Members are begging you to be profitable because they are a part of your noble dream.
We are a group of individuals who have the audacious belief that our services truly change lives. When our members get more fit we often can confidently say our services are adding time to their existence on Earth.
We know that journey is hard, which is why we chose the boutique and microgym model of more individual attention and smaller groups for our members. Not the globo-gym model of selling access to equipment for a small monthly rental fee where the quantity of members is most important.
You’ll hear this about profit, but it’s the same truth for health: A healthy business is a profitable business, and that business can have a million dreams. A business with zero profit can only have one dream. Our noble dream is connected to helping others have endless possibilities for their own dreams.
That is what inspired us to risk gym ownership.
Our noble purpose spurs us into action. When things don’t play out like they did in our mind, our motivations can carry us through the tough times. However, this “purity of purpose” can also lead us to believe that we don’t deserve to be profitable. We tell ourselves, “I’m not in it for the money.”
If it so happens that we end up having profit (by accident) and are able to upgrade our lifestyle a little bit, it’s just a happy consequence of owning the gym. It’s acceptable.
However, if we ever consciously focus on turning a profit, somehow we have corrupted our purpose, as if to say we become tarnished individuals and are now on a slippery slope of becoming a corrupt business owner, the type who takes advantage of workers and preys on the weak.
This could not be further from the truth.
You deserve to be profitable!
As gym owners, we have to understand that profit is important because it allows us to focus on investing in our staff, or improving the member experience, or upgrading our equipment, or trying to add a new service our members want, or expanding our locations to serve more.
Profits help us reach our dreams.
We all have them. I’m willing to bet not one of us has a gym because we really like teaching people about a full-depth air squat or getting to full extension before dropping under the bar. We do it because we know what the air squat does for our members. They’ll have the ability to get off their couch, they’ll be able to jump on the trampoline with their kids, they’ll be able to help their spouse unload that giant piece of furniture she just bought on sale. (Look how much money I saved!)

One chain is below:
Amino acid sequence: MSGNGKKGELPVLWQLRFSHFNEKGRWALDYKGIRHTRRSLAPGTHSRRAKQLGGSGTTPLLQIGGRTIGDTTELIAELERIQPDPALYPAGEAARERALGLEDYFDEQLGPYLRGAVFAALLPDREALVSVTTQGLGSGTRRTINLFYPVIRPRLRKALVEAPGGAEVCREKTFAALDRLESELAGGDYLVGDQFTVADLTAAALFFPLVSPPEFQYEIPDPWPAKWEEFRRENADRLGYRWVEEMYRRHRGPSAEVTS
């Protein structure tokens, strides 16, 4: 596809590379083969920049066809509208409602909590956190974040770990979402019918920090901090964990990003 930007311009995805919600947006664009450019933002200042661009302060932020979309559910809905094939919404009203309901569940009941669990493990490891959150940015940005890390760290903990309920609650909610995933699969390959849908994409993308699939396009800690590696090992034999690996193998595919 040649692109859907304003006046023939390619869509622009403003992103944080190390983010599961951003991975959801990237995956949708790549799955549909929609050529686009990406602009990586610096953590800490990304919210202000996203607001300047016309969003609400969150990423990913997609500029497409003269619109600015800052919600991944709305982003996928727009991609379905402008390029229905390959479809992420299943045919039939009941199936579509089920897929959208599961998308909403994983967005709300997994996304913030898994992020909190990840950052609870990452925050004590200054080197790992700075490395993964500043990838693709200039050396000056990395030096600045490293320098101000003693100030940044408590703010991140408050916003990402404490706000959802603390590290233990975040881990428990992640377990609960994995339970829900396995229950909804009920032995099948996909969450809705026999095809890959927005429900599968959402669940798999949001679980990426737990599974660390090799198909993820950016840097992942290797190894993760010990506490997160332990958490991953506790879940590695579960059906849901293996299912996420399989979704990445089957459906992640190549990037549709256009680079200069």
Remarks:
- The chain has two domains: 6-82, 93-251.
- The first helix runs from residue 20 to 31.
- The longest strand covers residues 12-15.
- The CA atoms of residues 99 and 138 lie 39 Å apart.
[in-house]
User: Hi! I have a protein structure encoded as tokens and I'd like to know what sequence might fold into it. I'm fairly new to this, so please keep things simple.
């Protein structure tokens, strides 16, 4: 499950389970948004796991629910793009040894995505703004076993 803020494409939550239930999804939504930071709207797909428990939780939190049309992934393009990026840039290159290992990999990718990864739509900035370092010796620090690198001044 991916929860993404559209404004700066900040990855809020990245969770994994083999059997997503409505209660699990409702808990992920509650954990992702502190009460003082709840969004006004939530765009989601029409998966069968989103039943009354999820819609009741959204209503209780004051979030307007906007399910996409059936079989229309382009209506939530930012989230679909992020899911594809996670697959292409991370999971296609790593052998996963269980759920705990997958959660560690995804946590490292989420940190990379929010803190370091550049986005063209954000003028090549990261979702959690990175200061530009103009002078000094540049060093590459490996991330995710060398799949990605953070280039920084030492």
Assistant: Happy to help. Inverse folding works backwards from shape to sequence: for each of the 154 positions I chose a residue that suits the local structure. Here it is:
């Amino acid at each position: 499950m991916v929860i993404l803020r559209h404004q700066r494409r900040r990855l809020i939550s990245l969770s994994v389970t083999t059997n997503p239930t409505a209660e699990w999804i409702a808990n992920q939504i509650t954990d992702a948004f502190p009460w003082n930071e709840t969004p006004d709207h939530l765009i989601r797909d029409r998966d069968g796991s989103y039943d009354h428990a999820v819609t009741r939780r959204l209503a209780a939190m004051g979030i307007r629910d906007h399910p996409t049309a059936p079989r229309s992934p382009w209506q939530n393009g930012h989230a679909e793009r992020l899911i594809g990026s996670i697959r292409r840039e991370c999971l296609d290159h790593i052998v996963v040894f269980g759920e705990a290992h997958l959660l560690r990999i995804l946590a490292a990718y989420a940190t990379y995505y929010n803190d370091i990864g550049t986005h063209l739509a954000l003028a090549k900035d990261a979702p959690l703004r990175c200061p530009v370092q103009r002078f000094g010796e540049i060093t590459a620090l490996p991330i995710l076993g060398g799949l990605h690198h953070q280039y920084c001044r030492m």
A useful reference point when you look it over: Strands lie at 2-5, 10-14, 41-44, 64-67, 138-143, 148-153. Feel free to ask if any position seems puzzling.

We help them live longer. Our services give members confidence. They feel sexier. Their clothes fit better. We save them money because they don’t need their prescriptions anymore.
We can’t do any of that, at least not for long, if our gym doesn’t have profit!
This is what profit really is: Profit equals a greater ability to serve.
Have you ever found yourself saying things such as:
- I’m OK that there is no money in this business because I’m serving a greater purpose.
- People are cheap and they won’t pay my rates.
- It’s really just a hobby I’m really passionate about. I don’t even want to be paid.
- I just need 10 more members.
- Numbers just aren’t my thing. I’m not an accountant and I’ll never understand this stuff.
- My members will think I’m greedy if they find out the gym is a very profitable business.
- There’s no money in this business anyway.
- I’m just here to help people.
These are all just stories, and they can be changed.
Thank goodness, because those are real turds of stories. Here are some ways to rewrite the turd stories into better stories.
- When I make money, I can serve more people.
- I value what I do and so do my members. They will pay our rates.
- I’m so grateful that I get paid good money to do something I’m so passionate about.
- I control my cash flow and will figure out how to be profitable with my current number of members.
- I may not understand accounting stuff yet. But I’m ready to learn what I need to because I’m more than capable of getting this.
- I deserve to be profitable because profit will allow me to serve my purpose.
- My members deserve for me to be profitable because it allows me to enhance their experience.
Those stories feel much better.
You wouldn’t tell a member “you’d probably be able to lift more if your form didn’t suck”—you know that negative approach won’t work.
Don’t use a negative approach with your stories either.
Rewrite them. Be positive. Know that you deserve to be profitable.
When you change the story about your business and move your gym to profitability, you actually make it possible to continue to do your noble work…
And your members will love you for it!
Make your change now!
Pick up your copy of Profit First for Microgyms today.
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